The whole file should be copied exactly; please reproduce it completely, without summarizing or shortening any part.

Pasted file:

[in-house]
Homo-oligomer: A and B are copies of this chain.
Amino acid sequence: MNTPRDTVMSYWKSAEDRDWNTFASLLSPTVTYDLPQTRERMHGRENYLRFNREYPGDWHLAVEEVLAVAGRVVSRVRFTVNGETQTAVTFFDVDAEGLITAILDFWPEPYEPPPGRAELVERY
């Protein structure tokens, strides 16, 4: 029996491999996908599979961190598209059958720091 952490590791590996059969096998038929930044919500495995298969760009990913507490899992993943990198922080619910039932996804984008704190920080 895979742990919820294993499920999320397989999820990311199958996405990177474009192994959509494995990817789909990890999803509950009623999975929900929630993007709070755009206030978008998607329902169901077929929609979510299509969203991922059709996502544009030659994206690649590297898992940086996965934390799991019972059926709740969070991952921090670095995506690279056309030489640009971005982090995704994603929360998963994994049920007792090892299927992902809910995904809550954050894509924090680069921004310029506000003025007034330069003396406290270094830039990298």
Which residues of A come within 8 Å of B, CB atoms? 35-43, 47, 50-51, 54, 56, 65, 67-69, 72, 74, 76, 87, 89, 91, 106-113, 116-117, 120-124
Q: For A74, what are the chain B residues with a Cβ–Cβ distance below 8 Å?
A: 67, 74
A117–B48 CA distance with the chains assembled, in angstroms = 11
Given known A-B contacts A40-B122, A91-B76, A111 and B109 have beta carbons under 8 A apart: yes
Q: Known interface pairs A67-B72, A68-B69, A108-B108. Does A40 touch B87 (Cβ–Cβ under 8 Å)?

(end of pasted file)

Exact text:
[in-house]
Homo-oligomer: A and B are copies of this chain.
Amino acid sequence: MNTPRDTVMSYWKSAEDRDWNTFASLLSPTVTYDLPQTRERMHGRENYLRFNREYPGDWHLAVEEVLAVAGRVVSRVRFTVNGETQTAVTFFDVDAEGLITAILDFWPEPYEPPPGRAELVERY
């Protein structure tokens, strides 16, 4: 029996491999996908599979961190598209059958720091 952490590791590996059969096998038929930044919500495995298969760009990913507490899992993943990198922080619910039932996804984008704190920080 895979742990919820294993499920999320397989999820990311199958996405990177474009192994959509494995990817789909990890999803509950009623999975929900929630993007709070755009206030978008998607329902169901077929929609979510299509969203991922059709996502544009030659994206690649590297898992940086996965934390799991019972059926709740969070991952921090670095995506690279056309030489640009971005982090995704994603929360998963994994049920007792090892299927992902809910995904809550954050894509924090680069921004310029506000003025007034330069003396406290270094830039990298």
Which residues of A come within 8 Å of B, CB atoms? 35-43, 47, 50-51, 54, 56, 65, 67-69, 72, 74, 76, 87, 89, 91, 106-113, 116-117, 120-124
Q: For A74, what are the chain B residues with a Cβ–Cβ distance below 8 Å?
A: 67, 74
A117–B48 CA distance with the chains assembled, in angstroms = 11
Given known A-B contacts A40-B122, A91-B76, A111 and B109 have beta carbons under 8 A apart: yes
Q: Known interface pairs A67-B72, A68-B69, A108-B108. Does A40 touch B87 (Cβ–Cβ under 8 Å)?